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At International Conference, Debate Continues Over Cold Fusion Claims

October 26, 1992

TOKYO (AP) _ Believers and skeptics remained at odds over the existence of low- temperature nuclear fusion as an international conference on cold fusion wound up on Monday.

Still, the Japanese government and a major American electrical utility group say they will spend millions for research into what they say is an exciting new phenomenon - but probably not fusion.

At the five-day conference in Nagoya, western Japan, and a follow-up session in Tokyo on Monday, the 300 scientists discussed claims by dozens of researchers that they had generated excess heat in experiments in which special electrodes were used to run electricity through water containing ″heavy″ hydrogen.

While some are claiming the heat is caused by nuclear fusion - a notion flatly dismissed by most mainstream scientists - others say the heat must be coming from some other process.

Japan’s trade ministry, which is planning to spend up to $25 million on such research over the next four years, has settled on calling it ″new hydrogen energy.″

Michael McKubre, whose research at SRI in Palo Alto, Calif., is funded by the Electric Power Research Institute, is equally cautious about naming the cause of the heat he is observing. EPRI has spent $4 million on McKubre’s work and plans another $8 million.

Nuclear fusion, the force that powers the sun, the stars, and nuclear bombs, is normally thought to occur only at extremely high temperatures. Since fusion uses hydrogen, which is very abundant, scientists long have sought to harness it as a source of energy.

No one, however, has found a way to make fusion commercially viable because it requires more energy than it yields. That’s why the scientific world was shocked in March 1989 when two Utah chemists, Stanley Pons and Martin Fleishmann, claimed to have achieved low-temperature fusion that yielded excess energy.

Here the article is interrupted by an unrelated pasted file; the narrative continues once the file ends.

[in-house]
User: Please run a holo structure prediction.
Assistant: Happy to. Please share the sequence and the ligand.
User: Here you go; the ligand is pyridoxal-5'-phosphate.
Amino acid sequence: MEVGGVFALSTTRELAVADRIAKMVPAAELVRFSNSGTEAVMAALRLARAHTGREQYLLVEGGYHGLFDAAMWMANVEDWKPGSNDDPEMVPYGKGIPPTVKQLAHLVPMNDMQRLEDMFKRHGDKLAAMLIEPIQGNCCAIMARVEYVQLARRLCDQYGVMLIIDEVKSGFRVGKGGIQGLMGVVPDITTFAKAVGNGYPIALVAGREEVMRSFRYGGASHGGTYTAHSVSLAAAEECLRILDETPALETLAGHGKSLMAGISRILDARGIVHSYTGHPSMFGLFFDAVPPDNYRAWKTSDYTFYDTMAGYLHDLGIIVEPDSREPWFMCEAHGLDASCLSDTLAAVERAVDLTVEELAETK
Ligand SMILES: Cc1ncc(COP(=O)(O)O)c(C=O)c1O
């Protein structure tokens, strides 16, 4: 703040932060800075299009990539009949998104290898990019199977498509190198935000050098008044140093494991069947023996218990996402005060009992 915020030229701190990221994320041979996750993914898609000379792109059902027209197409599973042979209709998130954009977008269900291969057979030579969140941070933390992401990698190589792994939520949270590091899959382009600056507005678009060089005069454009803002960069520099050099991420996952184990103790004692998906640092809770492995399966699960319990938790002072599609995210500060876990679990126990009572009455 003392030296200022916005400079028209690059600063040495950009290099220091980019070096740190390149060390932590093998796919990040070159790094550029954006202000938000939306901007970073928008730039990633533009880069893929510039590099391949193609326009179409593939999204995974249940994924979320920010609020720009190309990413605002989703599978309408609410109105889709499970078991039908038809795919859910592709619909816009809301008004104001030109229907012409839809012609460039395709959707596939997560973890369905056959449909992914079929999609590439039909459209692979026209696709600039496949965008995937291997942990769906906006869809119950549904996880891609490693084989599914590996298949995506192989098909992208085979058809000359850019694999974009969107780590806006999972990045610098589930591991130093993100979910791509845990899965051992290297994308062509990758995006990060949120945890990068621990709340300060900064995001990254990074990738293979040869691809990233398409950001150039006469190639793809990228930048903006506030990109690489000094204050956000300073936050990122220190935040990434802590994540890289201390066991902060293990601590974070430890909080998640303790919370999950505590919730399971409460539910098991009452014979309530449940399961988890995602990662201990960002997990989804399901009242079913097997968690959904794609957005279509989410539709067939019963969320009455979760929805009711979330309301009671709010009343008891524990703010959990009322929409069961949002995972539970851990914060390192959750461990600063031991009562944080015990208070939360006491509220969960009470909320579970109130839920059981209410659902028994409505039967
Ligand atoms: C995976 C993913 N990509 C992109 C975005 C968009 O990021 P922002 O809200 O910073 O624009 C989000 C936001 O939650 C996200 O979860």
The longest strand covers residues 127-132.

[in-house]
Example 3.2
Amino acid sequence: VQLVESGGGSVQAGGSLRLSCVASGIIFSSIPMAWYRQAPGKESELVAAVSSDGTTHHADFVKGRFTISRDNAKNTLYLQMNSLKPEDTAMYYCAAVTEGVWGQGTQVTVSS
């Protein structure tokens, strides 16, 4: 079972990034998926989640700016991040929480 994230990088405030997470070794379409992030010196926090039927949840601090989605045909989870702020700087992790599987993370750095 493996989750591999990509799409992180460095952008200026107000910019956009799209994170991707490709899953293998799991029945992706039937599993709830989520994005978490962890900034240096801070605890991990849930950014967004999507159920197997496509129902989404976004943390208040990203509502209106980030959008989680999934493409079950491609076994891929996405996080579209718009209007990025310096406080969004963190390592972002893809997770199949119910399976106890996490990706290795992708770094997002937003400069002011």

Most scientists gave up on that when the chemists’ results could not be repeated, and they were criticized for going to the popular press before checking their data with other scientists.

Nonetheless, dozens of scientists around the world have continued to seek evidence of room-temperature nuclear fusion and, in recent months, several have been reporting excess heat, a possible sign of fusion. But critics say other nuclear ″products″ like radiation or charged particles should also be present.

At the Nagoya conference, a criticism similar to the one leveled against Pons and Fleishmann was made against Eiichi Yamaguchi, a scientist at the basic research lab tied to telecommunications giant Nippon Telegraph and Telephone.

Before submitting his results to scientists for review, Yamaguchi announced to the media last Thursday that he had found ″direct evidence″ of cold nuclear fusion several times since August.

But several scientists who looked at his data in Nagoya expressed grave doubts about his findings, saying a lack of gamma rays or other forms of radiation meant it was unlikely fusion had occurred.

There was also concern that the particular kind of reaction he was claiming was very unlikely to occur.

″It’s hocus-pocus,″ said John Huizenga, a physicist at the University of Rochester.

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